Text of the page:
Law firm information managers now have a blueprint written by their peers to create policies and processes for securing information and making it available to clients and lawyers alike. Written by information management professionals from top U.S. law firms, two new reports – “Building Law Firm Information Governance: Prime Your Processes” and “Emerging Trends in Law Firm Information Governance” – focus on how their industry manages, secures and accesses client and firm information.
Published by Iron Mountain Incorporated (NYSE: IRM), the reports are products of a three-day symposium held in March. They deliver practical advice on making information governance a stronger part of day-to-day law firm operations and provide valuable insight into three key trends affecting governance at law firms: Big Data, the 24/7 law firm and predictive coding. The reports are now available at programs.ironmountain.com/forms/LawFirmIGSymposiumReport (registration required).
The reports focus on three main areas:
- Building IG: The Information Governance Advisory Board. This first section of the “Building Law Firm Information Governance” report recommends steps for creating an advisory board of operational, executive and practice-level leaders who develop information governance principles and educate the firm on their benefits.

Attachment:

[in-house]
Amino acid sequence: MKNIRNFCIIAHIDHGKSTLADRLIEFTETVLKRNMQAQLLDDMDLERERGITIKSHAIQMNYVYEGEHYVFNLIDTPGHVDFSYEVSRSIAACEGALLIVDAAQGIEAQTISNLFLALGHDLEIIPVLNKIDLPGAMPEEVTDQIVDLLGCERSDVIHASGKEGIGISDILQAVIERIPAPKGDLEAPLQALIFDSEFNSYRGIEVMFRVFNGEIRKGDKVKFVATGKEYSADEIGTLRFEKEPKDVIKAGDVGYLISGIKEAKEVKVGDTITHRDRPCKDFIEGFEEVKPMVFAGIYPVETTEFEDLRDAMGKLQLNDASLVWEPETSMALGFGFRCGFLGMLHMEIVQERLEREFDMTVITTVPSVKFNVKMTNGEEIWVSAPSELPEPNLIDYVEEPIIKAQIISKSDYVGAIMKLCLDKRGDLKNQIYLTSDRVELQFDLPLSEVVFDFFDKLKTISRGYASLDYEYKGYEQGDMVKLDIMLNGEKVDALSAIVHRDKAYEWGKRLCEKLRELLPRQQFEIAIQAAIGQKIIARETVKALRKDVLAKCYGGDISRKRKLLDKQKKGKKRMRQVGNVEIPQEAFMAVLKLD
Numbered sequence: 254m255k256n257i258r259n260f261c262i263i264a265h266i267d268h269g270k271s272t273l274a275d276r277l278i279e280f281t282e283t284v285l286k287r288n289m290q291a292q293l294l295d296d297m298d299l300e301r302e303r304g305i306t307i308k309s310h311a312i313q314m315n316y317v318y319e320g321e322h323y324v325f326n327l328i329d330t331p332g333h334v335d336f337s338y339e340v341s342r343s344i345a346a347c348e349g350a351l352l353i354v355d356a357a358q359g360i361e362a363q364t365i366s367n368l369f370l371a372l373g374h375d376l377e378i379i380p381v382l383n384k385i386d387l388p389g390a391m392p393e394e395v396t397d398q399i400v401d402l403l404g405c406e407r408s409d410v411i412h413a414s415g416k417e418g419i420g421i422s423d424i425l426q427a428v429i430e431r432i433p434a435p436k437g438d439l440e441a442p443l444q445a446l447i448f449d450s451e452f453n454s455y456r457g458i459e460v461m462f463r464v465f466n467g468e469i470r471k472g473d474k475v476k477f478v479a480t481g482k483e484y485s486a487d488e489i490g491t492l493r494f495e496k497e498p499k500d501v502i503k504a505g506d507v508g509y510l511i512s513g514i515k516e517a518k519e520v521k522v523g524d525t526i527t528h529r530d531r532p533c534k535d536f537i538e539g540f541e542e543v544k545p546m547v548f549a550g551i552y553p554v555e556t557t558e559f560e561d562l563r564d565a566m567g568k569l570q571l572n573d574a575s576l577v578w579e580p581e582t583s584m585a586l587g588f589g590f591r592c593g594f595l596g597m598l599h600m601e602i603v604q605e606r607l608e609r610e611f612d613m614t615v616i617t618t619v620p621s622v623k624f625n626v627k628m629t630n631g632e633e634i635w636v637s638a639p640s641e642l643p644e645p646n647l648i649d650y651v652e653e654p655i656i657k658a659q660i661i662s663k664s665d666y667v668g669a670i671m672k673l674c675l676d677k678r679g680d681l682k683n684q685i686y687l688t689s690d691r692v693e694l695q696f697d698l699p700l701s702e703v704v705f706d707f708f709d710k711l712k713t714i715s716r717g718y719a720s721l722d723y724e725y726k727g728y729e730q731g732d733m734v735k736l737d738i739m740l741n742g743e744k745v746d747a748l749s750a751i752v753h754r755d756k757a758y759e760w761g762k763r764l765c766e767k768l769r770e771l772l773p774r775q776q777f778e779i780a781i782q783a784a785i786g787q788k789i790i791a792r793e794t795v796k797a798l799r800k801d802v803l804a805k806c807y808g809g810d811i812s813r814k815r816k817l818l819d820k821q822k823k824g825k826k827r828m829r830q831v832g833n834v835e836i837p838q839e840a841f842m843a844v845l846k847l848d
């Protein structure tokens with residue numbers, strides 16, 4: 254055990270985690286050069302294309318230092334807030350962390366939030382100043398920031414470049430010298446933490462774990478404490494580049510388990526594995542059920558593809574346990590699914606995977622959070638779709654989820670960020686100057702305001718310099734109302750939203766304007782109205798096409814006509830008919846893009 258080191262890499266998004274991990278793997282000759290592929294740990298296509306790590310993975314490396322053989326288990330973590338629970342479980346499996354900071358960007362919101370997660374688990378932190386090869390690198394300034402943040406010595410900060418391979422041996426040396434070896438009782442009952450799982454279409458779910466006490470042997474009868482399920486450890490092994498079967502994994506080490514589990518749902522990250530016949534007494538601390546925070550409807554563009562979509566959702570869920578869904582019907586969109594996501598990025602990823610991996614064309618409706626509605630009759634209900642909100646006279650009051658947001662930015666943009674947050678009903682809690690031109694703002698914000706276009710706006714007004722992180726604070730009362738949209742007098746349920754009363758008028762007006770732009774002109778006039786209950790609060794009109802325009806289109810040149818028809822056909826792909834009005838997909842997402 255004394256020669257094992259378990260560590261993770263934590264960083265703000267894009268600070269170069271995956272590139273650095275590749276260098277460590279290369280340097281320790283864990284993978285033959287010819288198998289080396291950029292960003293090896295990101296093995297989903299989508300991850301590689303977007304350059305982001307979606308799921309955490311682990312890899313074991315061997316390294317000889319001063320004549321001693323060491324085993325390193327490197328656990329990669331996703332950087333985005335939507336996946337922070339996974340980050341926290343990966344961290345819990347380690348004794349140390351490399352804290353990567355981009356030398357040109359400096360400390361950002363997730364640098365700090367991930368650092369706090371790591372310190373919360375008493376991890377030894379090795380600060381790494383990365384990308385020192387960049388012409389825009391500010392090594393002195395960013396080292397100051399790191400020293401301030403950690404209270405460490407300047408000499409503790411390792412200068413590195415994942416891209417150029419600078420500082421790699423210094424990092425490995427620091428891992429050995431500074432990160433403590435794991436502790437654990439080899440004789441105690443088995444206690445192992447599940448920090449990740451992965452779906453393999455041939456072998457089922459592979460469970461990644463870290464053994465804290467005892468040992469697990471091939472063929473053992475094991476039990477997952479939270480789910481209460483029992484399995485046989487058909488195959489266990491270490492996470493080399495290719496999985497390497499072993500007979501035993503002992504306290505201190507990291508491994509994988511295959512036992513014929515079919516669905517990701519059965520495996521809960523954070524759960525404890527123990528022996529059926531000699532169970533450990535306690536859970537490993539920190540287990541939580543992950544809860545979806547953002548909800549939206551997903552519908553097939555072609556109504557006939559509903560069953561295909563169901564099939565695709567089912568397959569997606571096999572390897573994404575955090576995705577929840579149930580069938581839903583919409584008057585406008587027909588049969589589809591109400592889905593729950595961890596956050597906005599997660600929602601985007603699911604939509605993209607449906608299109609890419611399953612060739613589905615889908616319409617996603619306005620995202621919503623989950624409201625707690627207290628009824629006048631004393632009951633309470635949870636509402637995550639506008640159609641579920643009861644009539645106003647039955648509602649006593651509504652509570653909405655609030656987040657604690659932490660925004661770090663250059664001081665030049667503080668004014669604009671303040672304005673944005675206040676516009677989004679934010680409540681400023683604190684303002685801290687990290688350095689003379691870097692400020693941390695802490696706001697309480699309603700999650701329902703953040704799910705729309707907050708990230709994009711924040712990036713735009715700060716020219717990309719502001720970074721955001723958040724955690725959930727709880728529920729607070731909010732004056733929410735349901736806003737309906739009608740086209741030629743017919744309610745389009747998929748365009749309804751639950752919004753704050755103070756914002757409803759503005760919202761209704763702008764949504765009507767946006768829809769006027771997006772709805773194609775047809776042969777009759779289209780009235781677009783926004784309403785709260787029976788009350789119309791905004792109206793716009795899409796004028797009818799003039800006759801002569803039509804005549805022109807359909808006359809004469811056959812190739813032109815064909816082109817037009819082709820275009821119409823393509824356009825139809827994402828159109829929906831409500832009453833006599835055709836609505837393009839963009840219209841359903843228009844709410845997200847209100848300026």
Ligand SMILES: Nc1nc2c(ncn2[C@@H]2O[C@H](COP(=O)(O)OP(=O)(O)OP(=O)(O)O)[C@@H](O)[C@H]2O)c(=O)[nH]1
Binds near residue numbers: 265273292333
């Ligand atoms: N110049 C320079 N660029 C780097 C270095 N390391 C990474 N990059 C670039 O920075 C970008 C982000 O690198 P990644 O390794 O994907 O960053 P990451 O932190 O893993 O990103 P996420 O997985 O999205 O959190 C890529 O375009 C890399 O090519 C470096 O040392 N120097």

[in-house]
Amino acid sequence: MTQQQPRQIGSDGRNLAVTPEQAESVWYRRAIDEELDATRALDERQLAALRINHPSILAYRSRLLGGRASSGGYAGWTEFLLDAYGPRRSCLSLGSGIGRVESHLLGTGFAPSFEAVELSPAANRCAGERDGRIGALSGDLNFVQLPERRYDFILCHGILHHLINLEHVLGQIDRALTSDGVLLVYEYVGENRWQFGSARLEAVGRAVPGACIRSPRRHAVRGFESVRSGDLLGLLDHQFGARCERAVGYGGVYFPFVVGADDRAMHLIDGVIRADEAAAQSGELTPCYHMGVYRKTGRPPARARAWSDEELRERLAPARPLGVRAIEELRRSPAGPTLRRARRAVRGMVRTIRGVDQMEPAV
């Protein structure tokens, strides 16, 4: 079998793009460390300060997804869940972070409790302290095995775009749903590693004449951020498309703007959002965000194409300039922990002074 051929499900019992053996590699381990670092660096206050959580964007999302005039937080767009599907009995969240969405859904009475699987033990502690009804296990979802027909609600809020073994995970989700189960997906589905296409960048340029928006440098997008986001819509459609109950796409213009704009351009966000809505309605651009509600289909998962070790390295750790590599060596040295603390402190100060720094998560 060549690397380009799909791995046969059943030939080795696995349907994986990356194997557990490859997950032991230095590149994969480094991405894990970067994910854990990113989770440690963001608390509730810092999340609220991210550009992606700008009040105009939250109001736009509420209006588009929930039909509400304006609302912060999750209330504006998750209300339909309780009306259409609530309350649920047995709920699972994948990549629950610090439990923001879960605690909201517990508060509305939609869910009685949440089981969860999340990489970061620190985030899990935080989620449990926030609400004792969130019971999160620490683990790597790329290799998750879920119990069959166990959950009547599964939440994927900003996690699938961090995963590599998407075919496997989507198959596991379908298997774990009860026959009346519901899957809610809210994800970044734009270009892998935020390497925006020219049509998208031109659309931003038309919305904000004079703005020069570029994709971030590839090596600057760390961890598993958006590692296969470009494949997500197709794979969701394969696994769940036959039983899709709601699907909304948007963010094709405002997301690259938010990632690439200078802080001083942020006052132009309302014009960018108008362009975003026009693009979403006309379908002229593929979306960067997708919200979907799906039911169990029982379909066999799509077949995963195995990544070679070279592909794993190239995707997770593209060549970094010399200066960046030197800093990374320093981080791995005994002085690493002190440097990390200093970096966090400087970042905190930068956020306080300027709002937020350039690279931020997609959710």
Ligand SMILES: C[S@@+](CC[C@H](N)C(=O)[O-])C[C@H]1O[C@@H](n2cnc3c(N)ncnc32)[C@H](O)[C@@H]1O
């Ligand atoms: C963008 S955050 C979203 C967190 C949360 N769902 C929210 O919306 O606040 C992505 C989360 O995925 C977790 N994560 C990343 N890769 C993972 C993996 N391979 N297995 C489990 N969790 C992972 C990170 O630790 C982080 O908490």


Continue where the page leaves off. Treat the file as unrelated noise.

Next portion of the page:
- How to Build Information Governance into Key Processes. The second section of the “Building Law Firm Information Governance” report examines 14 everyday processes key to achieving governance, providing definitions, advice and real-world examples for weaving information governance into a firm’s daily operations.
- Emerging Trends in Law Firm Information Governance. This report identifies three of the biggest trends impacting information management in law firms today – Big Data, the 24/7 law firm and predictive coding on processes beyond eDiscovery.
“In the legal environment, information governance is becoming more of a requirement than an option, especially as more clients want to know how their information is being protected,” said Brianne Aul, senior manager, Firmwide Records, Reed Smith LLP and a member of the symposium steering committee. “Clients have very valid expectations that their outside counsel will have policies and protocols for keeping information secure, whether the information is in paper or electronic. That said, those policies and protocols become even more critical as attorneys and clients become increasingly mobile. Our hope is that this report will provide firms a guide for building those policies and processes to make sure information can be readily available while staying secure, a key hallmark of information governance.”